1. See “Application of the Collateral Source Rule to Medical Expenses Written Off in Medical Negligence and Personal Injury Cases,” 29 TBN 177 (Fall, 2007); “Update: Application of the Collateral Source Rule to Written Off or Reduced Medical Expenses,” 30 TBN 71 (Spring 2008).
  2. No. 98-C-602. Order on Defendant Y.L.Z. Corporation’s Motion in Limine - Medical Special [47] (Hillsborough County Superior Court, Northern District, July 7, 1999).
  3. Id., Order at 2.
  4. Id., Order at 5.
  5. Id.
  6. Id. (citing Clough, 94 N.H. at 138; Bell, 104 N.H. at 227).
  7. McAmis v. Wallace, 980 F.Supp. 181 (W.D. Va. 1997). The Virginia Supreme Court subsequently held in Acuar v. Letourneau, 531 S.E.2d 316 (Va. 2000), that medical expense write offs constitute collateral sources.
  8. Supra Note 2; Debski, Order at 5-6 (citing McAmis, Robinson v. Bates, 857 N.E.2d 1195 (Ohio 2006), and Hanif v. Housing Authority, 246 Cal.Rptr. 192 (Cal.App. 1988)).
  9. 2000 DNH 238, 2000 WL 1745101 (D.N.H. November 3, 2000).
  10. Id. 2000 WL 1745101 at *1.
  11. Id.
  12. Id.
  13. No. 98-C-1010, Order On Defendant Catholic Medical Center’s Motion to Compel Production of Medicaid Information (Rockingham County Superior Court, November 13, 2000).
  14. Id., Order On Defendant Catholic Medical Center’s Motion to Compel Production of Medicaid Information at 4.
  15. Id., Order On Defendant Catholic Medical Center’s Motion to Compel Production of Medicaid Information at 4-5.
  16. Raley v. Albertson, No. 04-C-163, Order on Motion to Compel (Rockingham County Superior Court, December 22, 2005).
  17. No. 05-C-319, Order (Strafford County Superior Court, January 12, 2007).
  18. Id., Order at 3-4.
  19. Sica v. Britton, No. 05-C-213, Order on Motion in Limine (Strafford County Superior Court, February 1, 2007).
  20. No. 06-C-148, Order on Motion in Limine (Hillsborough County Superior Court Southern District, March 28, 2007).
  21. Id.
  22. Galluscio v. Hall, No. 06-C-0045, Order (Belknap County Superior Court, October 1, 2007).
  23. Cromeenes v. Pease, Order on Motion in Limine to Limit Damages (Strafford County Superior Court, October 18, 2007).
  24. Id., Order on Motion in Limine to Limit Damages at 3.
  25. Id.
  26. No. 04-C-0600, Order (Merrimack County Superior Court, November 30, 2007).
  27. Id., Order at 6.
  28. No. 06-C-0905 (Hillsborough County Superior Court Southern District, December 13, 2007).
  29. See Charbonneau v. Charette, No. 09-C-0464, Order on Defendant’s Motion in Limine at 2 (Hillsborough County Superior Court Southern District, June 4, 2010) (Groff, J.).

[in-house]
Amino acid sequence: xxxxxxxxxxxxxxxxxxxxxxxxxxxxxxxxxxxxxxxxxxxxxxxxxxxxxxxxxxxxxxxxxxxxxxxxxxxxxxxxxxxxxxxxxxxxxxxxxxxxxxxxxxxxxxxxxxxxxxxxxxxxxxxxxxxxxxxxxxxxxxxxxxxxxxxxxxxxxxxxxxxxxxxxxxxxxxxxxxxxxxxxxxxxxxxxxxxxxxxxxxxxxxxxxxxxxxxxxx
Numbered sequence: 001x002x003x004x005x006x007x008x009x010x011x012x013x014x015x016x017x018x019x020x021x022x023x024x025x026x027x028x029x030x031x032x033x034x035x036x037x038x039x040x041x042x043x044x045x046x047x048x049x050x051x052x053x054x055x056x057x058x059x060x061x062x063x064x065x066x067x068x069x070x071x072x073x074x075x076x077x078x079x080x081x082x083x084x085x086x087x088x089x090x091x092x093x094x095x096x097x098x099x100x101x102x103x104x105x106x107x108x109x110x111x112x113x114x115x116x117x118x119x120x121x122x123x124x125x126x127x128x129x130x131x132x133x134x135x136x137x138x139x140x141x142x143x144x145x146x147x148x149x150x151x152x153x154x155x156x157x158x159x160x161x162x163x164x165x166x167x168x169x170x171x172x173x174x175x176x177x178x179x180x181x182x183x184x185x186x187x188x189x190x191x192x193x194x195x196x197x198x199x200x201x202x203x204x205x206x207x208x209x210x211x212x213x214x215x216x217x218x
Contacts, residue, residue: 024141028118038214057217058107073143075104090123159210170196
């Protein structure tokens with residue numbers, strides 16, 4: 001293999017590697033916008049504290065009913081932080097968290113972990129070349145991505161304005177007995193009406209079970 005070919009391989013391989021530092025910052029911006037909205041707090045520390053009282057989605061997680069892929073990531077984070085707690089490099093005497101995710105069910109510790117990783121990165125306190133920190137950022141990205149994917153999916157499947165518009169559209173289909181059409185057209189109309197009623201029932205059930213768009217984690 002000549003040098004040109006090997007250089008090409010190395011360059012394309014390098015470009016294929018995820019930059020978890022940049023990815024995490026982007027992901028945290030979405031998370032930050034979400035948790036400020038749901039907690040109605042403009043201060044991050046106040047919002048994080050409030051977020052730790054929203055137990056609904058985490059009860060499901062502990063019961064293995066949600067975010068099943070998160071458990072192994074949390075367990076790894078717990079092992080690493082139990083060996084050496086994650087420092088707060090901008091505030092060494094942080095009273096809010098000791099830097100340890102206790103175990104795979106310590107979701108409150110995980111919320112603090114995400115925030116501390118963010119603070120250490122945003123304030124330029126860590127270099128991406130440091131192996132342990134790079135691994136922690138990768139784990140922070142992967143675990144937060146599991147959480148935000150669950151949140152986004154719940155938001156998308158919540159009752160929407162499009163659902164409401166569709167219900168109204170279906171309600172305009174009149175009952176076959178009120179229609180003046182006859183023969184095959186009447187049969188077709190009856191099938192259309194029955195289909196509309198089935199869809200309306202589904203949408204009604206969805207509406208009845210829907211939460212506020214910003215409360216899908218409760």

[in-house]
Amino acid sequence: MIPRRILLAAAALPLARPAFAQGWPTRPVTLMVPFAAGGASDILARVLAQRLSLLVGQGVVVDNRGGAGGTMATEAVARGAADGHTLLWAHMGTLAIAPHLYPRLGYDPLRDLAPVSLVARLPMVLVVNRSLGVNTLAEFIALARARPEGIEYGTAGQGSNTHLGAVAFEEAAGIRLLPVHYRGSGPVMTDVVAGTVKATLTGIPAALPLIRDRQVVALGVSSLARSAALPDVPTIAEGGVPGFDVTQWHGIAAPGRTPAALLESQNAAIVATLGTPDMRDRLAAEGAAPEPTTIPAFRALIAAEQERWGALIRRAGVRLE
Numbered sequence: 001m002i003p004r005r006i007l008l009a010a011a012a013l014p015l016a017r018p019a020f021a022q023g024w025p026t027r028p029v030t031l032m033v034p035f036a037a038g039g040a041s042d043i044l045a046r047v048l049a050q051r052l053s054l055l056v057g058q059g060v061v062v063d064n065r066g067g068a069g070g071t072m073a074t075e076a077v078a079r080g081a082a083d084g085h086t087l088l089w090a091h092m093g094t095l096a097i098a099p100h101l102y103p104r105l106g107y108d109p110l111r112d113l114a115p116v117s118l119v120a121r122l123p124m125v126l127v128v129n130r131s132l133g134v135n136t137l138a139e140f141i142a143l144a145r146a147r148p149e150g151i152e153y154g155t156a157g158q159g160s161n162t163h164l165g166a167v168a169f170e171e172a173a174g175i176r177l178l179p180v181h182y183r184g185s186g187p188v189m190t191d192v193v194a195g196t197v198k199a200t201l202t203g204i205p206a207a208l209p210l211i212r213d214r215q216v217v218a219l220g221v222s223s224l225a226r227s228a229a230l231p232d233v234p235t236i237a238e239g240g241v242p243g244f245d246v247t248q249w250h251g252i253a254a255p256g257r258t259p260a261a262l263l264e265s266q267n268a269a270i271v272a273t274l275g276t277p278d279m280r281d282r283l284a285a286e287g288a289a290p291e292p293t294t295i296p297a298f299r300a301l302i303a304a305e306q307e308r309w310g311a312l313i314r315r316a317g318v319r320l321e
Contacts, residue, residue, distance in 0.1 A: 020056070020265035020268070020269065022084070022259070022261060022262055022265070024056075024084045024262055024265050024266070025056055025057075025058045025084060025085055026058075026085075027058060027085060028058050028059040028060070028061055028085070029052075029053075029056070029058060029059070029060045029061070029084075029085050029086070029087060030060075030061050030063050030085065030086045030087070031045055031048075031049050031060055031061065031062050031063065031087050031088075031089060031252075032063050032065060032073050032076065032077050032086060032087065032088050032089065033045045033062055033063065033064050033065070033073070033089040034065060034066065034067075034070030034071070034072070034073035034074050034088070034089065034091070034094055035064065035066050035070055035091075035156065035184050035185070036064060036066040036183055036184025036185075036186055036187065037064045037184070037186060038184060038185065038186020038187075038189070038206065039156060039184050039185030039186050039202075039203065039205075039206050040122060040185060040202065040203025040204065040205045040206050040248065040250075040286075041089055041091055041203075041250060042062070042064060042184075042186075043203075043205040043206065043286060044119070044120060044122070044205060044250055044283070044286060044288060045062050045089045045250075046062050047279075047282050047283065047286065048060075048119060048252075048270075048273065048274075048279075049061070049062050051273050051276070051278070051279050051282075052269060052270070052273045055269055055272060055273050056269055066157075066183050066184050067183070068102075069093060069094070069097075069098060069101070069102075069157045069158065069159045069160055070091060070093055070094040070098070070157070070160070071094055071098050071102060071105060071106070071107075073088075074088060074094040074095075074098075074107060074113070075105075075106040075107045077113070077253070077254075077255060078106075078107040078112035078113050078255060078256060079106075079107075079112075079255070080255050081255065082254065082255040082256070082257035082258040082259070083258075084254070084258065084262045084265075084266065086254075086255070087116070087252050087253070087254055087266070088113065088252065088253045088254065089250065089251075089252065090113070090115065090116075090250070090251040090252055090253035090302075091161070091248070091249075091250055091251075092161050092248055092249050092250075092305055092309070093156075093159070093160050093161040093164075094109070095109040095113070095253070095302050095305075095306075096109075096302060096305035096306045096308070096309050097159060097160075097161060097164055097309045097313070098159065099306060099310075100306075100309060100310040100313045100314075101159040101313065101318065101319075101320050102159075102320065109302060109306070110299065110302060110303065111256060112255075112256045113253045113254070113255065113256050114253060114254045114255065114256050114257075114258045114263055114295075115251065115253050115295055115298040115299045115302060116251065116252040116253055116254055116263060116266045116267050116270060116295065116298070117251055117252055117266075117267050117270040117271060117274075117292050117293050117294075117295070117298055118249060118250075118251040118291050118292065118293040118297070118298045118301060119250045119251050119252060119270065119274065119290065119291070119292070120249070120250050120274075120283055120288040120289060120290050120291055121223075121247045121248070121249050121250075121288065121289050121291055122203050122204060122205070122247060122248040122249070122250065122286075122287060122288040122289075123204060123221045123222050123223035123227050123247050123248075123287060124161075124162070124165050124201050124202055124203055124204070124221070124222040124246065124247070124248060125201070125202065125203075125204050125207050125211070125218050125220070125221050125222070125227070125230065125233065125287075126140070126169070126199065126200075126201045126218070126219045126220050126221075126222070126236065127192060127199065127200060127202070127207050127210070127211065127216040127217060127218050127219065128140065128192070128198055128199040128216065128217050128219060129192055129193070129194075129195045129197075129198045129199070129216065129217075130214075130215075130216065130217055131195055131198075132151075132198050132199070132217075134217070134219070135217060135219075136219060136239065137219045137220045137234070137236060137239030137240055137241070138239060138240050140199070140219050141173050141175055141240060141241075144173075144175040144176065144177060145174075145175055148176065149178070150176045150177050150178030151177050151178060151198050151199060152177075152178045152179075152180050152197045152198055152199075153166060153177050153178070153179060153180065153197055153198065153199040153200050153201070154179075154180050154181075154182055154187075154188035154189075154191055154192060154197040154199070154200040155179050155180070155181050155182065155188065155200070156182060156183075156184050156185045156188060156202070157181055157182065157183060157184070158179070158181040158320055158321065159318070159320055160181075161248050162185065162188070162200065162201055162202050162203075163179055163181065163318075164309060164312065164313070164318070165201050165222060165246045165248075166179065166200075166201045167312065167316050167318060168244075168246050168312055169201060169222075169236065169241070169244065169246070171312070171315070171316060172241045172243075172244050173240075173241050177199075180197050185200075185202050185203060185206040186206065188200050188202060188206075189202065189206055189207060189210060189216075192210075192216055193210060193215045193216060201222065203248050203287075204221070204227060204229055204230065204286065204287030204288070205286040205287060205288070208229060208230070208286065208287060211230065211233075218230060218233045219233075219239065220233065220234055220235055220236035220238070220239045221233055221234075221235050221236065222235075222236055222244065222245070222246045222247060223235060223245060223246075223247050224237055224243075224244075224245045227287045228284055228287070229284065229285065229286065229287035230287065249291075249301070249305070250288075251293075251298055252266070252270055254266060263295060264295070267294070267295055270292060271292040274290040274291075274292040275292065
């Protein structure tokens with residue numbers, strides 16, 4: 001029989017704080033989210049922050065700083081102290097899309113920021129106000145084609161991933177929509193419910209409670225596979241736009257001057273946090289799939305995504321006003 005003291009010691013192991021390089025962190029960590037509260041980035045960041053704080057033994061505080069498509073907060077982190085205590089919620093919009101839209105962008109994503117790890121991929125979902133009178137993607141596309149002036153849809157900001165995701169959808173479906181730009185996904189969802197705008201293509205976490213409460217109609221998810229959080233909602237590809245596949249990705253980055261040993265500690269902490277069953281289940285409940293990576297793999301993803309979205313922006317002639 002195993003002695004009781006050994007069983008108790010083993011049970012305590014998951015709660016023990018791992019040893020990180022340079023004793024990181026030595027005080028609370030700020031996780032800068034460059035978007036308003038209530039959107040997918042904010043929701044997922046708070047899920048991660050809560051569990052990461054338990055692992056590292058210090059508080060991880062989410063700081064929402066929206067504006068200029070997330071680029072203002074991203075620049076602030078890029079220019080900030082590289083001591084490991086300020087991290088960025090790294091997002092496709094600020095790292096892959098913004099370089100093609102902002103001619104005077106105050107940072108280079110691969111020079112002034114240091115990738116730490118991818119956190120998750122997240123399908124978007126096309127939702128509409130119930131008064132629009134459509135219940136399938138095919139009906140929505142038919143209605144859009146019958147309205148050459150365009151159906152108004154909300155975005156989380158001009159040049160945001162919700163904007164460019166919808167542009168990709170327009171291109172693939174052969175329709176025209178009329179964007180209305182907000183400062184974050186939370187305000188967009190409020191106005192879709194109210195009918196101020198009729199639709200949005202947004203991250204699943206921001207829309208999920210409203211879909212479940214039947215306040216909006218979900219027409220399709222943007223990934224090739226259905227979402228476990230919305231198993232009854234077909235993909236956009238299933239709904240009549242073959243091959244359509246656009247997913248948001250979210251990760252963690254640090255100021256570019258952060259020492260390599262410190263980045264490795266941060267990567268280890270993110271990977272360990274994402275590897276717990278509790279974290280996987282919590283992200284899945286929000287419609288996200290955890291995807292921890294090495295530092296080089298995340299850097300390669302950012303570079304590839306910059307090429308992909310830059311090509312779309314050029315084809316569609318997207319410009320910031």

30. No. 06-C-207, Order on Motion in Limine (Grafton County Superior Court, April 7, 2008).
  31. Supra Note 23.
  32. Veilleux, Order at 2.
  33. No. 07-C-004, Order on Defendant’s Motion for Summary Judgment as to the Measure of Medical Expense Damages (Cheshire County Superior Court, April 16, 2008).
  34. Id., Order on Defendant’s Motion for Summary Judgment as to the Measure of Medical Expense Damages at 5.
  35. Id.
  36. No. 06-C-0025, Order on Defendant’s First Motion in Limine - Exclusion of Evidence of Unpaid Medical Expenses (Grafton County Superior Court, April 23, 2008).
  37. Id., Order on Defendant’s First Motion in Limine - Exclusion of Evidence of Unpaid Medical Expenses at 5.
  38. Michaud v. Bridges, No. 07-C-0055, Order (Strafford County Superior Court, June 30, 2008).
  39. Couturier v. Park, No. 07-C-0397, Order (Hillsborough County Superior Court Northern District, July 15, 2008).
  40. No. 06-C-0075, Order on Motions in Limine (Hillsborough County Superior Court Northern District, January 23, 2009).
  41. Id., Order on Motions in Limine at 6.
  42. Id., Order on Motions in Limine at 7.
  43. 611 F.Supp.2d 78, 90-92 (D.N.H. 2009).
  44. Id., 611 F.Supp.2d at 92.
  45. No. 05-C-302, Order (Hillsborough County Superior Court Southern District, Aug. 12, 2009).
  46. Id., Order at 1-2.
  47. Reed v. National Council of the Boy Scouts of America, Inc., 2010 DNH 18, 2010 WL 432355 at *10 (D.N.H. February 3, 2010).
  48. Charbonneau v. Charette, supra Note 29.
  49. Id., Order on Defendant’s Motion in Limine at 2.
  50. See Bartlett v. Mutual Pharmaceutical Co., Inc., 2010 DNH 125, 2010 WL 3156555 at *2 (D.N.H. July 26, 2010); Herbst v. L.B.O. Holding, Inc., 2011 DNH 072, 7-9 (D.N.H. May 2, 2011).